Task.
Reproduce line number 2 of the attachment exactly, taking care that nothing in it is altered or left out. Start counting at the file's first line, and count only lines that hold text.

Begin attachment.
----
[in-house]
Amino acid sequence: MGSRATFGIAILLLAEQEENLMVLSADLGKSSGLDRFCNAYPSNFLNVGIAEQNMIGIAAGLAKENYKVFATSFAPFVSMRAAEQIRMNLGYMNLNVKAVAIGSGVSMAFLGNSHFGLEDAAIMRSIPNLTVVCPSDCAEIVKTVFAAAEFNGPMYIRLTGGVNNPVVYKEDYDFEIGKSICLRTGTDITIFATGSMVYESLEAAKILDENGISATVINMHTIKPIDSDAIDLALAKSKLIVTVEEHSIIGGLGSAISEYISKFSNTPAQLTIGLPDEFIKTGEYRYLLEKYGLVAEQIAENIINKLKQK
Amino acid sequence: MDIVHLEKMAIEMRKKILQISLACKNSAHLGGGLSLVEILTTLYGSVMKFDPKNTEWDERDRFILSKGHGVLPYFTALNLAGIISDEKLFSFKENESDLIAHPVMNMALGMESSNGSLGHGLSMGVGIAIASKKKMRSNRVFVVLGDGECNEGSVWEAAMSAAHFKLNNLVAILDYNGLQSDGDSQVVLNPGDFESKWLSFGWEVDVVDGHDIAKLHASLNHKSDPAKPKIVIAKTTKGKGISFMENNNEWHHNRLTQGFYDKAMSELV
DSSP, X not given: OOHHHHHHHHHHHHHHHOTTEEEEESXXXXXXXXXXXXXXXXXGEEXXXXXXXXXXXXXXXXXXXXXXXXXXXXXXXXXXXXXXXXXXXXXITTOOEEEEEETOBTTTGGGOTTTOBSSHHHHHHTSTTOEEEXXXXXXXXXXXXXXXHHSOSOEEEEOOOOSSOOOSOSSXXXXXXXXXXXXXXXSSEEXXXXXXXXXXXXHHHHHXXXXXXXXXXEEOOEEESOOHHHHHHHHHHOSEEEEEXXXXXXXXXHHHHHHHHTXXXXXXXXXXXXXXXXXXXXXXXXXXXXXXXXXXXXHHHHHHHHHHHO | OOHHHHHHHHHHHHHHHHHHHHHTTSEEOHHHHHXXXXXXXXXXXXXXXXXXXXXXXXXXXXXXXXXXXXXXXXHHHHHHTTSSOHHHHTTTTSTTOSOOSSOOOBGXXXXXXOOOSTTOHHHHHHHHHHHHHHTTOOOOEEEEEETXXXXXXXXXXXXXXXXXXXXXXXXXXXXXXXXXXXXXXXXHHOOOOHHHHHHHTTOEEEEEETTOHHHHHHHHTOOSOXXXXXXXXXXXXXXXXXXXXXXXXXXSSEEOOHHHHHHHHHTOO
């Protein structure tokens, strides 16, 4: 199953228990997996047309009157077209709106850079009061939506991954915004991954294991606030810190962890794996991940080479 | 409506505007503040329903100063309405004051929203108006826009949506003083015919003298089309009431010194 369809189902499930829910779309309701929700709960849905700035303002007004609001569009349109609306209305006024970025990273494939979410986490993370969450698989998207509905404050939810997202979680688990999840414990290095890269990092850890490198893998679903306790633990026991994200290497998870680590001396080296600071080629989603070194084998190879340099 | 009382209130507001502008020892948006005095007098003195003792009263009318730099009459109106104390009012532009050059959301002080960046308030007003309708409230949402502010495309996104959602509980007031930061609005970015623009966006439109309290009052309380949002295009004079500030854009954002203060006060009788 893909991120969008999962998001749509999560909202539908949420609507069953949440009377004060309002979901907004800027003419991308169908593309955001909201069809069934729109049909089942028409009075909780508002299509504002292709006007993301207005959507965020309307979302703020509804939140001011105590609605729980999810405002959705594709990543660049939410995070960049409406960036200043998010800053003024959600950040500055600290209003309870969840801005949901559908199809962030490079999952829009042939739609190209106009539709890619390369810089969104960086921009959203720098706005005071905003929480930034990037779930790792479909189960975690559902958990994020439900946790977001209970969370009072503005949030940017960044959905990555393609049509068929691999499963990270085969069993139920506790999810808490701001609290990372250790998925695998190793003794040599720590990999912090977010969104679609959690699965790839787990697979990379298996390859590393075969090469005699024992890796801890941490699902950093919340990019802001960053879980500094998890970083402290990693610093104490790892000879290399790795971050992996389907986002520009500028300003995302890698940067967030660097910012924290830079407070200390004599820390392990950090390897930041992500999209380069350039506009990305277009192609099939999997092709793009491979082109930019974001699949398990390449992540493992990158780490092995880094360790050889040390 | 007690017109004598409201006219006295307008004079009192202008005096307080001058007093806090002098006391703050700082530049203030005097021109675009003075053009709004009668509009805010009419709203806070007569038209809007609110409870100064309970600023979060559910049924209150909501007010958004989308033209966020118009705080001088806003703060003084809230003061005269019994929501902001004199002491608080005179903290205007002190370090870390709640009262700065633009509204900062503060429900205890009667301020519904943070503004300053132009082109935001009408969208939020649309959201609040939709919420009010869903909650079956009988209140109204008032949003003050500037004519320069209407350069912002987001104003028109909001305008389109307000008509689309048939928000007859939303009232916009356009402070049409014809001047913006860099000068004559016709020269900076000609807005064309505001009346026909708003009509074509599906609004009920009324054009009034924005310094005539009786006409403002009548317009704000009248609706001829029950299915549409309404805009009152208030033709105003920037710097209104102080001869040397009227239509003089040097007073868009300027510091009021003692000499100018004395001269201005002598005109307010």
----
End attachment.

Amino acid sequence: MGSRATFGIAILLLAEQEENLMVLSADLGKSSGLDRFCNAYPSNFLNVGIAEQNMIGIAAGLAKENYKVFATSFAPFVSMRAAEQIRMNLGYMNLNVKAVAIGSGVSMAFLGNSHFGLEDAAIMRSIPNLTVVCPSDCAEIVKTVFAAAEFNGPMYIRLTGGVNNPVVYKEDYDFEIGKSICLRTGTDITIFATGSMVYESLEAAKILDENGISATVINMHTIKPIDSDAIDLALAKSKLIVTVEEHSIIGGLGSAISEYISKFSNTPAQLTIGLPDEFIKTGEYRYLLEKYGLVAEQIAENIINKLKQK